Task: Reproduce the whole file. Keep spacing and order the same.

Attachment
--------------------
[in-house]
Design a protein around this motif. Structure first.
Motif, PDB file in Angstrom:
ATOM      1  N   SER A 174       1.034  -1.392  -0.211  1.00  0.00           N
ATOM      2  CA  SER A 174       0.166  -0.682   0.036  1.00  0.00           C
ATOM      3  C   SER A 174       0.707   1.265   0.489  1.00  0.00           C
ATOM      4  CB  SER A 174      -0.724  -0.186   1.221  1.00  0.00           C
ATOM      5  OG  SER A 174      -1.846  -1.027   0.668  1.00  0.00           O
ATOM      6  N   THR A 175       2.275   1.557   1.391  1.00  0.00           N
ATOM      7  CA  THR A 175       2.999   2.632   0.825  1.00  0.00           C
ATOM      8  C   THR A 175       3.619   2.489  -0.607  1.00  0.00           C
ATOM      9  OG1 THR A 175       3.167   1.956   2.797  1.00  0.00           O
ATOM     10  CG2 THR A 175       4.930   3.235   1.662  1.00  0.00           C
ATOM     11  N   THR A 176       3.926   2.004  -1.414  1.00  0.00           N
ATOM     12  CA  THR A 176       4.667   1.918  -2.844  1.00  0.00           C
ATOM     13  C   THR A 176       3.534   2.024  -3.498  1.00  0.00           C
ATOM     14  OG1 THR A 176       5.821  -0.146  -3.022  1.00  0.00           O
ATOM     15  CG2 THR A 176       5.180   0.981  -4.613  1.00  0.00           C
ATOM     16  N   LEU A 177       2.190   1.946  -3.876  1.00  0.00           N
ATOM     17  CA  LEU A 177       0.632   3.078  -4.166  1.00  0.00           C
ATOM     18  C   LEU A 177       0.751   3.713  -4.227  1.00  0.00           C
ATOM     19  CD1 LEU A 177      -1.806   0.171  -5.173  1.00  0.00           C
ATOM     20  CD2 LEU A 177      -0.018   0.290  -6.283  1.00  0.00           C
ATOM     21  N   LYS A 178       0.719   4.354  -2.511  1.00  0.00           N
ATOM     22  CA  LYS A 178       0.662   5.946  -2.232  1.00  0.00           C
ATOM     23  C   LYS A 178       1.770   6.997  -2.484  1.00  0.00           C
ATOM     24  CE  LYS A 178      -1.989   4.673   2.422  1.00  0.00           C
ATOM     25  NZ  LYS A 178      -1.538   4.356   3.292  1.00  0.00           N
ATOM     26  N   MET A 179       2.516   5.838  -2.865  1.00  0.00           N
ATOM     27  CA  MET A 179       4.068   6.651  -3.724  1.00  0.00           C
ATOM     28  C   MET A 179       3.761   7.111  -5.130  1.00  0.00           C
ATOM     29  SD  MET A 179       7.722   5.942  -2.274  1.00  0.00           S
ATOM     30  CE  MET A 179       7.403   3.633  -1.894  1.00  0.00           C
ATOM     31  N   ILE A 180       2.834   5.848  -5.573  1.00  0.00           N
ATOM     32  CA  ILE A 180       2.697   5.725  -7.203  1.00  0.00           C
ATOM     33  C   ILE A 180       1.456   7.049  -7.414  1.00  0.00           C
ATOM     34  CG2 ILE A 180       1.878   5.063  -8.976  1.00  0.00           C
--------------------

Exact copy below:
[in-house]
Design a protein around this motif. Structure first.
Motif, PDB file in Angstrom:
ATOM      1  N   SER A 174       1.034  -1.392  -0.211  1.00  0.00           N
ATOM      2  CA  SER A 174       0.166  -0.682   0.036  1.00  0.00           C
ATOM      3  C   SER A 174       0.707   1.265   0.489  1.00  0.00           C
ATOM      4  CB  SER A 174      -0.724  -0.186   1.221  1.00  0.00           C
ATOM      5  OG  SER A 174      -1.846  -1.027   0.668  1.00  0.00           O
ATOM      6  N   THR A 175       2.275   1.557   1.391  1.00  0.00           N
ATOM      7  CA  THR A 175       2.999   2.632   0.825  1.00  0.00           C
ATOM      8  C   THR A 175       3.619   2.489  -0.607  1.00  0.00           C
ATOM      9  OG1 THR A 175       3.167   1.956   2.797  1.00  0.00           O
ATOM     10  CG2 THR A 175       4.930   3.235   1.662  1.00  0.00           C
ATOM     11  N   THR A 176       3.926   2.004  -1.414  1.00  0.00           N
ATOM     12  CA  THR A 176       4.667   1.918  -2.844  1.00  0.00           C
ATOM     13  C   THR A 176       3.534   2.024  -3.498  1.00  0.00           C
ATOM     14  OG1 THR A 176       5.821  -0.146  -3.022  1.00  0.00           O
ATOM     15  CG2 THR A 176       5.180   0.981  -4.613  1.00  0.00           C
ATOM     16  N   LEU A 177       2.190   1.946  -3.876  1.00  0.00           N
ATOM     17  CA  LEU A 177       0.632   3.078  -4.166  1.00  0.00           C
ATOM     18  C   LEU A 177       0.751   3.713  -4.227  1.00  0.00           C
ATOM     19  CD1 LEU A 177      -1.806   0.171  -5.173  1.00  0.00           C
ATOM     20  CD2 LEU A 177      -0.018   0.290  -6.283  1.00  0.00           C
ATOM     21  N   LYS A 178       0.719   4.354  -2.511  1.00  0.00           N
ATOM     22  CA  LYS A 178       0.662   5.946  -2.232  1.00  0.00           C
ATOM     23  C   LYS A 178       1.770   6.997  -2.484  1.00  0.00           C
ATOM     24  CE  LYS A 178      -1.989   4.673   2.422  1.00  0.00           C
ATOM     25  NZ  LYS A 178      -1.538   4.356   3.292  1.00  0.00           N
ATOM     26  N   MET A 179       2.516   5.838  -2.865  1.00  0.00           N
ATOM     27  CA  MET A 179       4.068   6.651  -3.724  1.00  0.00           C
ATOM     28  C   MET A 179       3.761   7.111  -5.130  1.00  0.00           C
ATOM     29  SD  MET A 179       7.722   5.942  -2.274  1.00  0.00           S
ATOM     30  CE  MET A 179       7.403   3.633  -1.894  1.00  0.00           C
ATOM     31  N   ILE A 180       2.834   5.848  -5.573  1.00  0.00           N
ATOM     32  CA  ILE A 180       2.697   5.725  -7.203  1.00  0.00           C
ATOM     33  C   ILE A 180       1.456   7.049  -7.414  1.00  0.00           C
ATOM     34  CG2 ILE A 180       1.878   5.063  -8.976  1.00  0.00           C